Native American culture and history has been used for the enjoyment of audiences over many years in film, literature, television, and other forms of media. Not surprisingly, directors and writers hardly ever portray Native Americans accurately. In the play, “Foghorn” by Hanay Geiogamah, and in Mary Tallmoutain’s poem The Last Wolf, reader scan trace their influence into modern day media, even though almost none of it is accurate.
However, Indians break the barriers of their traditional lives by being in more modern and “white” activities. They partake in “normal” activities to not only change their future, but to make their ancestors proud of their accomplishments. Through a variety of events in the early 1900’s, Deloria expands on what it means to be Native American by retelling their lives of, men grew from their reservation life, into competitive sports, the auto industry transformed how Native Americans traveled, and they also gained relevance in the fight to make themselves known in film, not always as a savage warrior, but also capable of love moving pictures. Marking the anniversary of Wounded Knee, Buffalo Bill Cody wanted the shooting of the film The Indian Wars to be a historical reenactment of the events, by using the battleground for the film.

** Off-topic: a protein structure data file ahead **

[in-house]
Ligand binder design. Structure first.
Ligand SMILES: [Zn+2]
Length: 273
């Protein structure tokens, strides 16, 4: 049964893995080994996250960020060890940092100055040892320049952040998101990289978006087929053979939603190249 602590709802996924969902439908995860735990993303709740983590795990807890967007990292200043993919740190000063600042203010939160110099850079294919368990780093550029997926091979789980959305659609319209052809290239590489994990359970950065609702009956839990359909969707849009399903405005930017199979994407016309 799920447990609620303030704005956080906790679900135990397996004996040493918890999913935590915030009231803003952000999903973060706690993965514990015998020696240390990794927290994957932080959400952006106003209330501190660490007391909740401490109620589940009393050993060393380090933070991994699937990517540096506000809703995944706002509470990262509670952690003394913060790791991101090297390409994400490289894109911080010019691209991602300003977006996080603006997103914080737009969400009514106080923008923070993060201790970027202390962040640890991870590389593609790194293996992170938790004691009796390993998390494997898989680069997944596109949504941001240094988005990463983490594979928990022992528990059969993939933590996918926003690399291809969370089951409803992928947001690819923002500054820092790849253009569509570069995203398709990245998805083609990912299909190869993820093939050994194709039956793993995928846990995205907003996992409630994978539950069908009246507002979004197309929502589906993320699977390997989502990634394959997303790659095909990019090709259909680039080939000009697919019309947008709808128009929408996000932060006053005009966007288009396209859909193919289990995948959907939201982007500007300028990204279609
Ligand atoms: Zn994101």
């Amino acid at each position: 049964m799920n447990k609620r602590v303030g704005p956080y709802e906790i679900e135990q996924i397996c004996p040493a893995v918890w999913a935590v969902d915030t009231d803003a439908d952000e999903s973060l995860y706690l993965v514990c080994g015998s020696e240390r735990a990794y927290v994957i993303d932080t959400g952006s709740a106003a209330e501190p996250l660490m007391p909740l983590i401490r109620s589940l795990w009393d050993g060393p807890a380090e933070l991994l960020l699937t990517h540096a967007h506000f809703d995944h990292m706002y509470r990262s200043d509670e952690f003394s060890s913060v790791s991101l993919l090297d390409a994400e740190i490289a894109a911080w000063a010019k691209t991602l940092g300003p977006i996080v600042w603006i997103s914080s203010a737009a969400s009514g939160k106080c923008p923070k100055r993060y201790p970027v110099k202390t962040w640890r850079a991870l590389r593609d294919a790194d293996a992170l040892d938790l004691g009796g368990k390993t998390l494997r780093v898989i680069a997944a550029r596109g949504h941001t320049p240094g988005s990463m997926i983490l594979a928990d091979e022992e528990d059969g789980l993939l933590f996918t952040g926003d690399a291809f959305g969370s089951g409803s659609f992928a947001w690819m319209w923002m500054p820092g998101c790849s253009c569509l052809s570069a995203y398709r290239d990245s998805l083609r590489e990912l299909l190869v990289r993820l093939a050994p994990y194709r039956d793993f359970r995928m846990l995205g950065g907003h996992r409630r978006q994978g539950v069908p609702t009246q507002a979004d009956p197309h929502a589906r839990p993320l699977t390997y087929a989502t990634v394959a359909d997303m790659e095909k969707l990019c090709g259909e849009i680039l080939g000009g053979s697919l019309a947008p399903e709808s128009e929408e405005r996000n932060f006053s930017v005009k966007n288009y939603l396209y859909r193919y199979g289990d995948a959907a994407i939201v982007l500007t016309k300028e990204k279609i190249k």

Many characters in the movie demonstrate specific archetypes common to the time period in history. Shane, a former gunfighter/cowboy turned town hero. Joe, who is a homesteader/farmer, refuses to back down from opposition, and leads the revolt against the Ryker crew. Marian is your typical farm wife, who does not want to see her husband hurt. Stonewall Torey, hot headed confederate war veteran with a bad temper, has little concern for the Ryker game, and says he can go to town when he pleases. He is inexperienced with his gun compared to the skilled gunfighter Wilson, which lead to his demise. Wilson is the typical bad guy cowboy, and starts trouble with the farmers. Chris Calloway is the bad guy who goes good, starts a fight with Shane at